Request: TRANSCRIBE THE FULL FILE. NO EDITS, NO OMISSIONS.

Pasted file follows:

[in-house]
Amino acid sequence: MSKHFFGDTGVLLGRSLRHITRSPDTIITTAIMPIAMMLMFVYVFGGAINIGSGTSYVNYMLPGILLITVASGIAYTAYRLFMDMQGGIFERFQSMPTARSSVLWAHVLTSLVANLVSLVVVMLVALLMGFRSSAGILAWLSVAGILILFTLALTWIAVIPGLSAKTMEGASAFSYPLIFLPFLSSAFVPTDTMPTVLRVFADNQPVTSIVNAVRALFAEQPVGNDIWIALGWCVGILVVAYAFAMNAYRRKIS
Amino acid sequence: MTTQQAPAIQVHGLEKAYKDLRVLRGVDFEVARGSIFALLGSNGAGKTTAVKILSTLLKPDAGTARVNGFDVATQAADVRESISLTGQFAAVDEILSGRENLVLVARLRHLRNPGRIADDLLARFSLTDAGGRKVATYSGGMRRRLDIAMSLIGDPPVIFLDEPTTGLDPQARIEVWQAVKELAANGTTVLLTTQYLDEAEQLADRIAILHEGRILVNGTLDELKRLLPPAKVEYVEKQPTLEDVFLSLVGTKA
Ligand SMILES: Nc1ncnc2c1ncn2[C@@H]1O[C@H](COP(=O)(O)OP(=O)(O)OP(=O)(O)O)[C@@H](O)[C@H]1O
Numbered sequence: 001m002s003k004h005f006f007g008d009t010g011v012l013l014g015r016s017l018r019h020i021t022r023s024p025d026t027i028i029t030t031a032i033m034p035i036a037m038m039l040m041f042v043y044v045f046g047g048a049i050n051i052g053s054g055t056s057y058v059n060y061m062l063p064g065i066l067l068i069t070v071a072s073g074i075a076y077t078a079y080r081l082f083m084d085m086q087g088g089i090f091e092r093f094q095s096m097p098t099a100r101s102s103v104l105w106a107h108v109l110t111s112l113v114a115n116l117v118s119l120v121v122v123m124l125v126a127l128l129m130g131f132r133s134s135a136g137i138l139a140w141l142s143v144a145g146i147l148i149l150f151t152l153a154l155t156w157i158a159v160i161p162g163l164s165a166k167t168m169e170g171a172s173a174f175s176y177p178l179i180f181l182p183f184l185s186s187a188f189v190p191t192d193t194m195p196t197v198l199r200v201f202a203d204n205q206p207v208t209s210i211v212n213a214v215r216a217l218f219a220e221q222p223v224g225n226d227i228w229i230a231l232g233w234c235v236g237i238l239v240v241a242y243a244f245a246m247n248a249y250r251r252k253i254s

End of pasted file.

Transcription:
[in-house]
Amino acid sequence: MSKHFFGDTGVLLGRSLRHITRSPDTIITTAIMPIAMMLMFVYVFGGAINIGSGTSYVNYMLPGILLITVASGIAYTAYRLFMDMQGGIFERFQSMPTARSSVLWAHVLTSLVANLVSLVVVMLVALLMGFRSSAGILAWLSVAGILILFTLALTWIAVIPGLSAKTMEGASAFSYPLIFLPFLSSAFVPTDTMPTVLRVFADNQPVTSIVNAVRALFAEQPVGNDIWIALGWCVGILVVAYAFAMNAYRRKIS
Amino acid sequence: MTTQQAPAIQVHGLEKAYKDLRVLRGVDFEVARGSIFALLGSNGAGKTTAVKILSTLLKPDAGTARVNGFDVATQAADVRESISLTGQFAAVDEILSGRENLVLVARLRHLRNPGRIADDLLARFSLTDAGGRKVATYSGGMRRRLDIAMSLIGDPPVIFLDEPTTGLDPQARIEVWQAVKELAANGTTVLLTTQYLDEAEQLADRIAILHEGRILVNGTLDELKRLLPPAKVEYVEKQPTLEDVFLSLVGTKA
Ligand SMILES: Nc1ncnc2c1ncn2[C@@H]1O[C@H](COP(=O)(O)OP(=O)(O)OP(=O)(O)O)[C@@H](O)[C@H]1O
Numbered sequence: 001m002s003k004h005f006f007g008d009t010g011v012l013l014g015r016s017l018r019h020i021t022r023s024p025d026t027i028i029t030t031a032i033m034p035i036a037m038m039l040m041f042v043y044v045f046g047g048a049i050n051i052g053s054g055t056s057y058v059n060y061m062l063p064g065i066l067l068i069t070v071a072s073g074i075a076y077t078a079y080r081l082f083m084d085m086q087g088g089i090f091e092r093f094q095s096m097p098t099a100r101s102s103v104l105w106a107h108v109l110t111s112l113v114a115n116l117v118s119l120v121v122v123m124l125v126a127l128l129m130g131f132r133s134s135a136g137i138l139a140w141l142s143v144a145g146i147l148i149l150f151t152l153a154l155t156w157i158a159v160i161p162g163l164s165a166k167t168m169e170g171a172s173a174f175s176y177p178l179i180f181l182p183f184l185s186s187a188f189v190p191t192d193t194m195p196t197v198l199r200v201f202a203d204n205q206p207v208t209s210i211v212n213a214v215r216a217l218f219a220e221q222p223v224g225n226d227i228w229i230a231l232g233w234c235v236g237i238l239v240v241a242y243a244f245a246m247n248a249y250r251r252k253i254s